Many war games or games about war attempt to incorporate moments into gameplay that evoke an emotional reaction from the player. Perhaps one of the more famous war video game franchises today, the Call of Duty: Modern Warfare series has continually included moments of shock and awe usually resulting in the death of one or more main characters. This is typically done to remind the player that war isn’t all glory; a grizzled veteran always has the chance of dying alongside a green recruit.
This was controversial when the original Modern Warfare dropped a nuke on your character and thirty-thousand of your compatriots, however, the games have continued to exterminate playable characters to a point where canonical player deaths have ceased to retain shock value and become an entirely expected occurrence. And though putting the player into a situation where they are fully expecting their character to die makes for a uniquely odd character-player relationship, the repeated use main character death has thoroughly beaten the metaphorical dead horse. Very few war games have done much to grab players the way Modern Warfare had over six years ago.
While I would hesitate to qualify Unmanned as a war game, there is little denying that it makes a unique and poignant critique of modern warfare. Rather than put the player in control of a thick-necked soldier, Unmanned tells the story of a day in the life of a suburbanite drone pilot. Most of the game’s “action” takes place inside the main character’s head as opposed to a war-torn battlefield; the gameplay is comprised entirely of dialogue trees and point-and-click challenges. There is no high-stake, top-secret mission central to the story, either; the protagonist is far more preoccupied with flirting with his colleague, the intricate nature of shaving, and remembering the lyrics to Queen songs. It’s like The Sims with more introspection.
So why bother with a game that deals solely in the banal? Furthermore, why bring it into conversation alongside a game like Modern Warfare? Well, the dryness of the game’s delivery is thematically linked to the message the game wants to get across. Unmanned wants to deal with war in the least fantastical and sensational way possible. It shows war as a routine part of an average Joe’s day (as it is for many drone pilots); it is not portrayed as a heroic duty, but as a mundane task. During the drone piloting scenes, the main character sits in front of a display with a control panel. The goal of this section is to successfully follow a “suspicious target” as he makes his way to a meeting place. All the while, the player must also carry out a conversation with the drone pilot. This section of the game lacks the intensity of the UAV scenes from Modern Warfare, and the gameplay more of an exercise in multitasking than anything else. The most important effect this scene has is that it turns war into a discussion by the water-cooler. The tone of the entire drone scene is more akin to Office Space than Saving Private Ryan.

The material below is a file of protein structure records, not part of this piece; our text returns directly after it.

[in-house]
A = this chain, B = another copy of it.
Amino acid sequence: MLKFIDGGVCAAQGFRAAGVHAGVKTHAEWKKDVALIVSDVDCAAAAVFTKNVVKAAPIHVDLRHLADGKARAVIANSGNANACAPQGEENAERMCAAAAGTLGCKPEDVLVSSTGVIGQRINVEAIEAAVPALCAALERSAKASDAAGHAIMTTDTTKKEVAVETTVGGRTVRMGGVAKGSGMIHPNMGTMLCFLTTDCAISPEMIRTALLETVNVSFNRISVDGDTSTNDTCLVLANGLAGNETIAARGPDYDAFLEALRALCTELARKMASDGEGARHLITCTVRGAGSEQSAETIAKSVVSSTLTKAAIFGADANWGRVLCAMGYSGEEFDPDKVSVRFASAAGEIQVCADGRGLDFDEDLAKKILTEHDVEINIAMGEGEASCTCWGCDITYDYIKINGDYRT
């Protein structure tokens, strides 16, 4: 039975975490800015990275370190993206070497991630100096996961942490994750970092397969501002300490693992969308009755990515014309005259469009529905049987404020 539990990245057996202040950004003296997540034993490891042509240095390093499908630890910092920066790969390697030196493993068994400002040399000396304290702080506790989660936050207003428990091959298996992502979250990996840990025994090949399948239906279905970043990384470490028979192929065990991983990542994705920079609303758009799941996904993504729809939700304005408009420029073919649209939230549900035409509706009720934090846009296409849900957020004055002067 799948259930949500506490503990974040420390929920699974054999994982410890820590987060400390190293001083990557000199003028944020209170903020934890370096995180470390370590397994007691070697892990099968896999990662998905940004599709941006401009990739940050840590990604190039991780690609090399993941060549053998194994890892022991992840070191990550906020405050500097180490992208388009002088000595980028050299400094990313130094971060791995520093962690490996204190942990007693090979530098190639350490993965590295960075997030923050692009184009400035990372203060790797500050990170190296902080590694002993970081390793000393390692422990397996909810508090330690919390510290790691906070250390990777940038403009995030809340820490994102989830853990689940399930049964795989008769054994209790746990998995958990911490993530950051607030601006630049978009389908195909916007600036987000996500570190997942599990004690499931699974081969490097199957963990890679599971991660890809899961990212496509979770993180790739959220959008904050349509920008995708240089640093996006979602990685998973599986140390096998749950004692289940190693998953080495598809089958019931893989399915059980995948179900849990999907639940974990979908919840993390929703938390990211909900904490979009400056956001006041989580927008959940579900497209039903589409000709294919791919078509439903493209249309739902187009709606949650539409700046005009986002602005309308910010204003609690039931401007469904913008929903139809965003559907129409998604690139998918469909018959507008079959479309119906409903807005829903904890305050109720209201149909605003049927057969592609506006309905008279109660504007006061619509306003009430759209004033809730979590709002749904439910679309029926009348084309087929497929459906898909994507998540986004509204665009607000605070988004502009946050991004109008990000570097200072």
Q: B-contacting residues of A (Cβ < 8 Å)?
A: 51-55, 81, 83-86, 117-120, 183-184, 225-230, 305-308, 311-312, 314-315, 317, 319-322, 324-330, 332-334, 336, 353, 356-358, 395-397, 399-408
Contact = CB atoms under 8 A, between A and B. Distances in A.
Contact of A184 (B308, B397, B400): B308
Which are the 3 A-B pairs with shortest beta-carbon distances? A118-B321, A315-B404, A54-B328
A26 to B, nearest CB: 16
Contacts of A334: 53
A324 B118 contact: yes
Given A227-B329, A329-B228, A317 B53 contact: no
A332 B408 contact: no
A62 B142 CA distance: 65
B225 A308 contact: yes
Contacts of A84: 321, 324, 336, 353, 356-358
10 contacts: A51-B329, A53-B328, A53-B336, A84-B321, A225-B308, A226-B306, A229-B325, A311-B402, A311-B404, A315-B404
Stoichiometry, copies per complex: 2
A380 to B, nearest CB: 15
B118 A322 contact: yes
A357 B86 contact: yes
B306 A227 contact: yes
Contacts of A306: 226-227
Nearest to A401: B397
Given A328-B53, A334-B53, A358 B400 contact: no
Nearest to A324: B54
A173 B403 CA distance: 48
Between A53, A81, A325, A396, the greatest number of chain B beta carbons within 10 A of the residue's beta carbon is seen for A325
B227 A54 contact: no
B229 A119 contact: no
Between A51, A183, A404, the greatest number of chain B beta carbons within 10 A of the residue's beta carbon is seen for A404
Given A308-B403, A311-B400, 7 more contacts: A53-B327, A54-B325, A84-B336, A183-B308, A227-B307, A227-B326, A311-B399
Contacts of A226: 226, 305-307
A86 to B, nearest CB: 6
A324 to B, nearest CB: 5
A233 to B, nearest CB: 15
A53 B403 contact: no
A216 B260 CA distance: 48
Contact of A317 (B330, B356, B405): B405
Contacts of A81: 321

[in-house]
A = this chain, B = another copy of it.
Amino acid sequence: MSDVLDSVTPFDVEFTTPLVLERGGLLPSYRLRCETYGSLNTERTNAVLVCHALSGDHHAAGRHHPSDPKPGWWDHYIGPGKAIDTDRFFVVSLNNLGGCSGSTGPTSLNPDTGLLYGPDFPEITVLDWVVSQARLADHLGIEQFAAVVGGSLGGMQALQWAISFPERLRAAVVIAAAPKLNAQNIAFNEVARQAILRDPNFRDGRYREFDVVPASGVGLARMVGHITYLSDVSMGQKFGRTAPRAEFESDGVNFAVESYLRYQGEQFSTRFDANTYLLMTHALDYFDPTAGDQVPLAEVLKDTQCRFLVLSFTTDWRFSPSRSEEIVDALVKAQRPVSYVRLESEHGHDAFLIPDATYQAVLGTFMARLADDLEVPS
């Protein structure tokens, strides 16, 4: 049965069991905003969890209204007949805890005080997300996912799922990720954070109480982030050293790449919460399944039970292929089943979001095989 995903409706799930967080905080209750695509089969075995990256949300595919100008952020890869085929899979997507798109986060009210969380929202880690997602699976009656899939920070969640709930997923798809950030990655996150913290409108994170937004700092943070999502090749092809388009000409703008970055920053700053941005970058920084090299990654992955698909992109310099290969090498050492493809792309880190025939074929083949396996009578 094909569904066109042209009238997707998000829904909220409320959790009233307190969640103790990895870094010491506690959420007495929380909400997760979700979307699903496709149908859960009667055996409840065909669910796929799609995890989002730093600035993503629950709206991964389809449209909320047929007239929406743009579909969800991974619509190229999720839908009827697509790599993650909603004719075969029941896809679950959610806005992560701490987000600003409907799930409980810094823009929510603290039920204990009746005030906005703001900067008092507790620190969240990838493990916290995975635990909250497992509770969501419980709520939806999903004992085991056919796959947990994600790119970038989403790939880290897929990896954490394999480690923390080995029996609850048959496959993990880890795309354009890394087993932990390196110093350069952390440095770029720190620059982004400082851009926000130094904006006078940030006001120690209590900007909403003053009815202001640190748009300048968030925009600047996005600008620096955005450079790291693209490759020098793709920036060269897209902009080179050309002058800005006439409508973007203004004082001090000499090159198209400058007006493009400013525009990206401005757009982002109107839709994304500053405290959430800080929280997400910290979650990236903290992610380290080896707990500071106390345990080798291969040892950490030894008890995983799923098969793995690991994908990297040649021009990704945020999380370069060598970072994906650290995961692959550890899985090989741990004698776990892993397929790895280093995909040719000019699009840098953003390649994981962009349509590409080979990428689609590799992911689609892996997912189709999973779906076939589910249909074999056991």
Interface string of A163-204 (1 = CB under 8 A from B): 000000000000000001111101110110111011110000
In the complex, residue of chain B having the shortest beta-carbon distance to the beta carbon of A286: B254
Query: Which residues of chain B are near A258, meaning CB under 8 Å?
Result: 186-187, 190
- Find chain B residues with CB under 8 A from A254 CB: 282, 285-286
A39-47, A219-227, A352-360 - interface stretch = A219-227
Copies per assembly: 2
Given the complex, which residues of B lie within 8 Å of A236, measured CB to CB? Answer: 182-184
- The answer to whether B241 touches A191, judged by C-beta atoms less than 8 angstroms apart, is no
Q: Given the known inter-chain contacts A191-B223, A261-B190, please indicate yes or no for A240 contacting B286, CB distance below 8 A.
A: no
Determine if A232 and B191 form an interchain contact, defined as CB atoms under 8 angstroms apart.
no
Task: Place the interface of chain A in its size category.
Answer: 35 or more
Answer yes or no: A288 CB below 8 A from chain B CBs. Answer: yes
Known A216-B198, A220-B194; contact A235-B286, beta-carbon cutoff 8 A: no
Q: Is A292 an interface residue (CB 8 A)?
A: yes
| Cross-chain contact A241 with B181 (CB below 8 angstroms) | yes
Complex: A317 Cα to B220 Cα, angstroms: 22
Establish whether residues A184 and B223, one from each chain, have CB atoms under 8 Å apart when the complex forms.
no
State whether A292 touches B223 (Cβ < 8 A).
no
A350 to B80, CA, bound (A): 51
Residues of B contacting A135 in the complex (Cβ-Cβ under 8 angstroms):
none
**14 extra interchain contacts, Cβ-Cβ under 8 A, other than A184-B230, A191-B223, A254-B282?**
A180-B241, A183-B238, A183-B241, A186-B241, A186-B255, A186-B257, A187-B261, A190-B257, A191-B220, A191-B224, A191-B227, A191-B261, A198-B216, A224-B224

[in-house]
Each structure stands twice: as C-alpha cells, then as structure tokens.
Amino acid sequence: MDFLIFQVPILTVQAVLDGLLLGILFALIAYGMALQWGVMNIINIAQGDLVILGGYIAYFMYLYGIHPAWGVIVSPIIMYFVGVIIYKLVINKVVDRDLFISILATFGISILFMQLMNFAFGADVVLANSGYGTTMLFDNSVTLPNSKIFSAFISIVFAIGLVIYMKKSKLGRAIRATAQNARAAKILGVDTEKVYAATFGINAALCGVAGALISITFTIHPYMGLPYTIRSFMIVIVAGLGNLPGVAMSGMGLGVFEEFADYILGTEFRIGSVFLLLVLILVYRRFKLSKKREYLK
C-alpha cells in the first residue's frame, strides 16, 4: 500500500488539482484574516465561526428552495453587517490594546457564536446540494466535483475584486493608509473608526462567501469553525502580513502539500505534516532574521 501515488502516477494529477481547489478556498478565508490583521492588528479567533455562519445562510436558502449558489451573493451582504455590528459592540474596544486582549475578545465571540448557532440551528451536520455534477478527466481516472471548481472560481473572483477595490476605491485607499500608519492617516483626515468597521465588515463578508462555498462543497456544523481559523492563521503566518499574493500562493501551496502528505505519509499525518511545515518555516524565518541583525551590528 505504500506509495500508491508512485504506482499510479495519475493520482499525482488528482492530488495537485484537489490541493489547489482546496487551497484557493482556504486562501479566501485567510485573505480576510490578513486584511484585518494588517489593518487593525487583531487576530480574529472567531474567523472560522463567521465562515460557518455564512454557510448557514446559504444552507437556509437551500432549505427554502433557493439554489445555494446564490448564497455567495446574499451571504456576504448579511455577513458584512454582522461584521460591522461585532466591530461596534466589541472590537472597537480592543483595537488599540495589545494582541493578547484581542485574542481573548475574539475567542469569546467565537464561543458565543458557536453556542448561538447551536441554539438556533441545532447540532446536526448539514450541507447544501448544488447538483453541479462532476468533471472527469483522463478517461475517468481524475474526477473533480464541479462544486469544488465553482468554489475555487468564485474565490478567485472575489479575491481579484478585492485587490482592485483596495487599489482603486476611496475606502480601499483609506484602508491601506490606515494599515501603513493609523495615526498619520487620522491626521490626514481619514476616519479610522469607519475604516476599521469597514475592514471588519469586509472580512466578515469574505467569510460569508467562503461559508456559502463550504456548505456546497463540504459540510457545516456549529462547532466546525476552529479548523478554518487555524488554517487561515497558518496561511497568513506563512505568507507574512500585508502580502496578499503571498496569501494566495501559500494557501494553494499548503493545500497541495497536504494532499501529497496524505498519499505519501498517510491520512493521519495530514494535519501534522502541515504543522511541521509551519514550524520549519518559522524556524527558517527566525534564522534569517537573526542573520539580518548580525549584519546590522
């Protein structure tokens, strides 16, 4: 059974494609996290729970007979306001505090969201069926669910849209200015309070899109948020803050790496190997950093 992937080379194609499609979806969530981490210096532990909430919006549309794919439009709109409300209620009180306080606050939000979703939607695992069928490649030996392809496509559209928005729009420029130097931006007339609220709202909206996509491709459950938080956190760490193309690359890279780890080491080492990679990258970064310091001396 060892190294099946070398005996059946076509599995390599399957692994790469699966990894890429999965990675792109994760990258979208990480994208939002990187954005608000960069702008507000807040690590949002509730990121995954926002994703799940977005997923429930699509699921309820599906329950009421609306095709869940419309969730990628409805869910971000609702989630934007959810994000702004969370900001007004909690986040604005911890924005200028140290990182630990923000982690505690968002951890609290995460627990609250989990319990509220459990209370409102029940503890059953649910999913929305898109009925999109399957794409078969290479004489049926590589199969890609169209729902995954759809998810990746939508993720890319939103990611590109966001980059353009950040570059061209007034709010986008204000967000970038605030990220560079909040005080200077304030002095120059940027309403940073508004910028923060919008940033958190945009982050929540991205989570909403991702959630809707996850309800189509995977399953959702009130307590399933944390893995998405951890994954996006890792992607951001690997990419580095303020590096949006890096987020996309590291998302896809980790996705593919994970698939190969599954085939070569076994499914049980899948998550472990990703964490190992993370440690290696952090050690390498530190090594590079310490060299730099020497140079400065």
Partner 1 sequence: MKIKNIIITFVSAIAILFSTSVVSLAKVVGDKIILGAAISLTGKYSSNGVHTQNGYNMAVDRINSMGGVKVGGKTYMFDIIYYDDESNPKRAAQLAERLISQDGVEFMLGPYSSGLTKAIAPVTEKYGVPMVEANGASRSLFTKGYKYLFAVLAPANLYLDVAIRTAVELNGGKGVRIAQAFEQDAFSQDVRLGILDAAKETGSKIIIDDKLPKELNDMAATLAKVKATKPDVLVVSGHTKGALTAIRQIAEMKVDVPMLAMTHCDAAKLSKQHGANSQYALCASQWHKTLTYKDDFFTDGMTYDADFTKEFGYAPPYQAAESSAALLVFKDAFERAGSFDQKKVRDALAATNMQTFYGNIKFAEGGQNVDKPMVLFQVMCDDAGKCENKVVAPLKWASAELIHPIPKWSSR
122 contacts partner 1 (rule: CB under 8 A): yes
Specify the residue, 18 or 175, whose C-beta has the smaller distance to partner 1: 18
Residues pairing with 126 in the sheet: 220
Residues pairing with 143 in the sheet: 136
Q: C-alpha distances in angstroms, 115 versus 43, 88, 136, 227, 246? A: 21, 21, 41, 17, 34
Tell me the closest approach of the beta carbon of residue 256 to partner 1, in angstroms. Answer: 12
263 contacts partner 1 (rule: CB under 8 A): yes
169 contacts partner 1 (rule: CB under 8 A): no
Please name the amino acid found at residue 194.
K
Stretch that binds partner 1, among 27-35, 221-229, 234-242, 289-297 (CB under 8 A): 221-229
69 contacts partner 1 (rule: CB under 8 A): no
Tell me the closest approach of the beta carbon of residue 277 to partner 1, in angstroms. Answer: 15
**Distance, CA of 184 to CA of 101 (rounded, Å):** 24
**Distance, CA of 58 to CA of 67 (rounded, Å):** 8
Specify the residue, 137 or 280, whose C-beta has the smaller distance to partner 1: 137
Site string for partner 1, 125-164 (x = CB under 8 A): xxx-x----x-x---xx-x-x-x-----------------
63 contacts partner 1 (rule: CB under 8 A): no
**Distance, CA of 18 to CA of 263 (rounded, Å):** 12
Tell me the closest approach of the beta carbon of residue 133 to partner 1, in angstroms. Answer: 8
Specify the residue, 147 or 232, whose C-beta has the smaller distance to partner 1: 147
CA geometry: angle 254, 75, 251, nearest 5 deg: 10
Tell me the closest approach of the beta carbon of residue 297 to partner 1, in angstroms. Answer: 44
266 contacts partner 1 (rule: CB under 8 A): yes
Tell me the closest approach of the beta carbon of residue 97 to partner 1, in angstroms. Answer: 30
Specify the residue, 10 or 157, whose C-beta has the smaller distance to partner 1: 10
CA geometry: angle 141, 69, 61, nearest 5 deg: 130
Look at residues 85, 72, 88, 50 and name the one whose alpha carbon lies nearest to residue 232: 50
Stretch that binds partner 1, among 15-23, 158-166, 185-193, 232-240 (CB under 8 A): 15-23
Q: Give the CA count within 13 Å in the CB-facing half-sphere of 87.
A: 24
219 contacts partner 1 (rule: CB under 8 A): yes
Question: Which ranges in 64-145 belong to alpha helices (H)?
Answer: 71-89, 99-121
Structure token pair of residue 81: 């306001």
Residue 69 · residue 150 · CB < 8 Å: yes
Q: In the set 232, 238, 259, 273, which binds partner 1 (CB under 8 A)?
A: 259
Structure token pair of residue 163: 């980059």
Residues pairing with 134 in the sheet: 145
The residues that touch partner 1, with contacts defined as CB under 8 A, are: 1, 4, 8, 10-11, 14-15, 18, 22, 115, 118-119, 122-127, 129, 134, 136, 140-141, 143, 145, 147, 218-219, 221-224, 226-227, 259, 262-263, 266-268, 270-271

In its mission to portray war as a desk job, Unmanned also begins to discuss the desensitization to violence, a topic which many video games often find themselves the target. Interestingly enough, the scene following the drone bombing shows the main character playing a typical first-person shooter game with his son. Juxtaposing the final drone piloting scene with the protagonist enjoying an FPS war-game with his son could be interpreted as commentary on the perceived blurred line between real world violence and violent video games, but a far more interesting take is the commentary on the player himself.
Throughout the game, the player is instilled with a sense of detachment and isolation brought on partially by the technology in his life. In the drone scene and the video game scene, the main character is facing a screen (and facing your computer screen, coincidentally) controlling the actions of another character (the drone and the war-hero, respectively). The main character is completely distanced from the battlefield and the effects of his own actions, and the player is even further removed. By the time the credits rolled, I hardly felt anything at all, and that’s probably a bad thing.
Perhaps Unmanned is commentary on the idea that war has become like a game for soldiers. Perhaps it’s commentary on the way our culture thinks of war and receives it. Maybe the game wants you to feel like a callous. There is not a whole lot to work with in Unmanned, which is a shame since there are few games that have left me feeling so hollow. I would suggest giving it a shot if you’ve found yourself feeling too good lately.
P.S.: Unmanned is completely free and available to play online at http://unmanned.molleindustria.org/